Transmission Maintenance: The 5 Most Common Questions
Your car’s transmission is responsible for making sure the proper amount of power is getting to the wheels of your vehicle at any given time in order to drive at a specific speed.
Of all the components of an automobile that need regular maintenance, the transmission is the one that gets the short stick. If you don’t change the oil in your engine, then the engine stops working. That doesn’t happen with transmissions. If you don’t change the fluid in your radiator, the car overheats. That also doesn’t happen with transmissions. As a result, car owners rarely ask for the transmission care needed to keep their transmission working well.
All transmissions need some type of regular servicing and it usually boils down to the frequency at which the transmission fluid has been changed. The longer you wait between transmission fluid changes the higher the risk of serious problems developing with your vehicle. Some transmission fluids need changing every 20,000 miles while others are changed anywhere from 40,000 to 100,000 miles! It’s best to know your vehicle yourself and to familiarize yourself with the owner’s manual. This way, you can avoid spending your hard-earned money on unwanted or unnecessary maintenance.
If your car’s computer detects a transmission issue, the check engine warning light in the dash may come on. If that happens, the first thing to remember is not to panic. If the light isn’t flashing, you still have time to call us to schedule an appointment, where our mechanics can diagnose the problem and recommend a possible solution. If the problem is indeed transmission related, it’s likely nothing a simple change of the transmission fluids can’t fix. This is best handled by one of our certified mechanics here at Ulmer’s, as for many vehicles even getting to the transmission housing is often a challenge in itself that only auto mechanics and their specialized tools are equipped to handle.
People in Cincinnati and the surrounding areas often experience some delay between when the driver puts the transmission into gear and when it actually engages with the engine. That’s called “delayed engagement” and it’s not unusual in colder parts of the world. To fix this, just slow your progression of putting your foot on the gas and accelerating. The delay will dissipate shortly.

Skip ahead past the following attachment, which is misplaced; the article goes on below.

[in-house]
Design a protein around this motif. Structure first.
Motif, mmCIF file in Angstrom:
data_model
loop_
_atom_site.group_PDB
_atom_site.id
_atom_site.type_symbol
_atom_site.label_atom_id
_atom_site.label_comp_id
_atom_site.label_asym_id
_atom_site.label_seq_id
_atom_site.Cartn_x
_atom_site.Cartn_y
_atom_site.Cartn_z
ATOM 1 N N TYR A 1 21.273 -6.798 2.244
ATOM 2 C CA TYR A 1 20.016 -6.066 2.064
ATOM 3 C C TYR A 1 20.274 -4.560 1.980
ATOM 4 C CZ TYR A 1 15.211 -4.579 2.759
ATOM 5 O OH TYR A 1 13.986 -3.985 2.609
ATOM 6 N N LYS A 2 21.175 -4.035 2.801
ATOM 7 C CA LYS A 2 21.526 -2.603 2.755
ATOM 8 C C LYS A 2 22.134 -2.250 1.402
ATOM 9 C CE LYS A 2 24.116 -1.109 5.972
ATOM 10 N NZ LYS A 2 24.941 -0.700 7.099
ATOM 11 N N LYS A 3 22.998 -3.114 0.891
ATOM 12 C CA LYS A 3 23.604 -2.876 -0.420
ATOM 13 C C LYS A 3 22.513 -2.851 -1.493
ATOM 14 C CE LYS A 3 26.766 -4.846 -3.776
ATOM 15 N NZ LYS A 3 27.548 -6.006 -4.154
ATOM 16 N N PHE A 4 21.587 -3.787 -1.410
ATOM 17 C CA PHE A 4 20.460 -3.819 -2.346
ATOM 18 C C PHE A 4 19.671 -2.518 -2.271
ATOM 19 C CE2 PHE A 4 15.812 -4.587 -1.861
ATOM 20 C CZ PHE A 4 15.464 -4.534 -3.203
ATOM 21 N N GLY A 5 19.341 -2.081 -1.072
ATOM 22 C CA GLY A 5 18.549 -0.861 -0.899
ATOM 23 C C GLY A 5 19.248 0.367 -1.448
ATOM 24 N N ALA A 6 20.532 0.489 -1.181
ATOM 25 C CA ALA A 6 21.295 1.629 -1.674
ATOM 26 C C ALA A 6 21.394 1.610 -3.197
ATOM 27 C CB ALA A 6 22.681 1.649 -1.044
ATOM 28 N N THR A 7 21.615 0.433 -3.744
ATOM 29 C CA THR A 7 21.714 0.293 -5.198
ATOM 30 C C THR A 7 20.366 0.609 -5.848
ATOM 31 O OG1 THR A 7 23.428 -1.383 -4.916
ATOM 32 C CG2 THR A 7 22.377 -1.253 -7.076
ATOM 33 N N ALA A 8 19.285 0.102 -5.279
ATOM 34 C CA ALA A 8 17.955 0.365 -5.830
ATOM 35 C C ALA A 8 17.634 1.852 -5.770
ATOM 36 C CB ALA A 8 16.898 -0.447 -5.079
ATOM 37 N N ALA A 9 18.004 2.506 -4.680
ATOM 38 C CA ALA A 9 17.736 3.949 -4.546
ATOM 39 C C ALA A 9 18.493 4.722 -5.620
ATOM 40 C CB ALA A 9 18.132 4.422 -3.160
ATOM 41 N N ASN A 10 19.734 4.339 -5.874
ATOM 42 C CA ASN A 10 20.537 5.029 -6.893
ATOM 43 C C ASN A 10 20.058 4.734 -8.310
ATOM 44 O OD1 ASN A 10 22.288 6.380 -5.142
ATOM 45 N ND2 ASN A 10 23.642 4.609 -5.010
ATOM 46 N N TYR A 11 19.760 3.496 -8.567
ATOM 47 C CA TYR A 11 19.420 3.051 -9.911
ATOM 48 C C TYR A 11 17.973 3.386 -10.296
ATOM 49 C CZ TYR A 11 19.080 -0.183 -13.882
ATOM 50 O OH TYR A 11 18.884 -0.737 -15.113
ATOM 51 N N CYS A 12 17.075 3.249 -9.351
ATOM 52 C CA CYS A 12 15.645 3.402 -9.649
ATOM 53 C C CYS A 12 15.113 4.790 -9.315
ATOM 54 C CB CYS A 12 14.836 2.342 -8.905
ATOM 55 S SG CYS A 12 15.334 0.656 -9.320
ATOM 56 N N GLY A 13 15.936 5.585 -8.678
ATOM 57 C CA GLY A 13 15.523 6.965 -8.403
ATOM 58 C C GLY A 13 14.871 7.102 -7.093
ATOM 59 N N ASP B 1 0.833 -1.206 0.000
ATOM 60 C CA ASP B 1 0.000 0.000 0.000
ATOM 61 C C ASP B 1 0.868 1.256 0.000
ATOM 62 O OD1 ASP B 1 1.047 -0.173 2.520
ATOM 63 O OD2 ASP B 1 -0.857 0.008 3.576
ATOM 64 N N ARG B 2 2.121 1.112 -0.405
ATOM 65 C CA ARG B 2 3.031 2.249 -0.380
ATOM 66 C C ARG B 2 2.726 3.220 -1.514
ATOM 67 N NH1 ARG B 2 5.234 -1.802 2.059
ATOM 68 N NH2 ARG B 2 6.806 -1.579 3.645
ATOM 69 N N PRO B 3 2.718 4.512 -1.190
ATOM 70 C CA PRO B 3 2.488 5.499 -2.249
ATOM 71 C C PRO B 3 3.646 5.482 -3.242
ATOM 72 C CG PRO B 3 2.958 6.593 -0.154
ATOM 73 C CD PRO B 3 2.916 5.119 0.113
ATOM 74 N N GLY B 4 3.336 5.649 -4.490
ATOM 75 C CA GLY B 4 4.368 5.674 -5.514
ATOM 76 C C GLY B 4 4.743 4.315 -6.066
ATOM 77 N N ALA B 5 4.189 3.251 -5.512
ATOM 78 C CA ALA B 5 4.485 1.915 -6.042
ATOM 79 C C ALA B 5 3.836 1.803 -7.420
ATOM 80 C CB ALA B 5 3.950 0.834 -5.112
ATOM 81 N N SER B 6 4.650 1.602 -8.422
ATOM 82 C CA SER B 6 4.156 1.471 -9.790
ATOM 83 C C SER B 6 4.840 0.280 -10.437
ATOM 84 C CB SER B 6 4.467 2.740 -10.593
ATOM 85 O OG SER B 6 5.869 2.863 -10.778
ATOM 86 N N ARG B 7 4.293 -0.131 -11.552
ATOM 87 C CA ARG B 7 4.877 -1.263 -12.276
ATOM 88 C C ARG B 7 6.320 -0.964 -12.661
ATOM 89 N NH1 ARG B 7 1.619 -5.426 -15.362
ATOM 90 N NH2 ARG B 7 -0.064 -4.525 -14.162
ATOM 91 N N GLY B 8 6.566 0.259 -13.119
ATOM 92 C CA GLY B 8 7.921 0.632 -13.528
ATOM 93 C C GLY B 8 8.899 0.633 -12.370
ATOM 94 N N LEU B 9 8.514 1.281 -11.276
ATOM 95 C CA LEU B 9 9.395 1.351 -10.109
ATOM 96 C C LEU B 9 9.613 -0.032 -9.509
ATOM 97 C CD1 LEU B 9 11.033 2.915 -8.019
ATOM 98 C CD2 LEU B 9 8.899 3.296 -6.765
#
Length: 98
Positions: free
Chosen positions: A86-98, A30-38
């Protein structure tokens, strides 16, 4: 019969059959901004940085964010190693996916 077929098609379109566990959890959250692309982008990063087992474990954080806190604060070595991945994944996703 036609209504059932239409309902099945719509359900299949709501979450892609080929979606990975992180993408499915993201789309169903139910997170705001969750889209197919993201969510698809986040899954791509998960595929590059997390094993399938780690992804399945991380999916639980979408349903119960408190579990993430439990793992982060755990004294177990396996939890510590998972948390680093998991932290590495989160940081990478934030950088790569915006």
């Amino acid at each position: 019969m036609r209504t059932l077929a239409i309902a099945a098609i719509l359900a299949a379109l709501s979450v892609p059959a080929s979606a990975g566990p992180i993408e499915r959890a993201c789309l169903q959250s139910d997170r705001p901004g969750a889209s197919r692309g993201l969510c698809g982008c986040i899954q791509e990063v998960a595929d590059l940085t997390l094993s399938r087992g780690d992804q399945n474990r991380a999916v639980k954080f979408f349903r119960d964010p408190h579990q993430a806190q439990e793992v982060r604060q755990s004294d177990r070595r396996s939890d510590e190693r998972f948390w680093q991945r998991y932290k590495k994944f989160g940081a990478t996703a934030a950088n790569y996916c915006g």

It’s also a good idea when you start your car in the morning to run it through the gears with the foot on the brake while the car stands still. That way, you’ll get transmission fluid running through all the gears before you actually start to drive. Just make sure not to rev the engine while it’s cold as this could cause major damage to it!
If it’s not cold out and you notice your transmission has a delayed engagement, it may be something as simple as a transmission filter working improperly. Don’t assume that the transmission as a whole is bad and needs a costly repair like a replacement or a rebuild. Let your mechanic at Ulmer’s figure that out. We could save you hundreds of dollars.
Transmission fluid is a translucent red color that’s very distinctive. If you see a puddle of it beneath your car, it could be a significant problem, especially if it smells burnt or has a blackish tint to it. Finding the leak in the transmission is difficult for the untrained eye and best left to a professional who has experience on what to look for. A leaking transmission needs to be addressed quickly because the leak will only get worse and your vehicle will quickly stop running properly without replacing the transmission fluid.
Transmission fluid leaks can be caused by a variety of things, such as a gap or empty space in the pan gasket, torque converter, fluid lines, or transmission pan, just to name a few. Determining the exact cause can be tedious and is better left to a professional mechanic.
If your car has been shifting gears on its own or you experience delays in acceleration after pressing the gas pedal, these may be signs that your transmission is slipping. Further symptoms of transmission slippage include the inability to reverse, burnt smells, and difficulty shifting gears.
Any number of things can cause a transmission to begin to slip, but the most common causes are low fluid levels, worn/broken transmission bands, worn out gears, and problems with the solenoid. If you are seeing any of the above symptoms in your vehicle we encourage you to get in touch with us ASAP. You may be able to avoid completely rebuilding your transmission, which is a costly and time-consuming ordeal, by replacing or repairing a few key parts.
Rough shifts occur when the transmission fluid is getting clogged as it moves through your transmission or when the vehicle is low on fluid. Transmissions are extremely complicated parts of your car and when the shifting becomes rough, it often jerks you as it shifts from one gear to the next. If you’re experiencing this, bring the vehicle to a mechanic and let them look it over. They’ll be able to tell you if it’s simply a matter of low fluid, or if there is a bigger underlying issue at play that could be affecting your vehicle’s performance.
TRANSMISSION CARE: LEAVE IT TO THE PROS
Unless you’re a mechanic, transmission repair is generally not a do-it-yourself project. The possibility of misdiagnosing an issue with your transmission is much higher when you don’t utilize a professional. Specialized equipment and knowledge are required when conducting these types of repairs, and one mistake could cost you an entirely new transition if you’re not careful. When it comes to transmission repair, you can trust your friends at Ulmer’s Auto Care Center to take care of you. Don’t let transmission maintenance sneak up on you; schedule your transmission check-up with us today!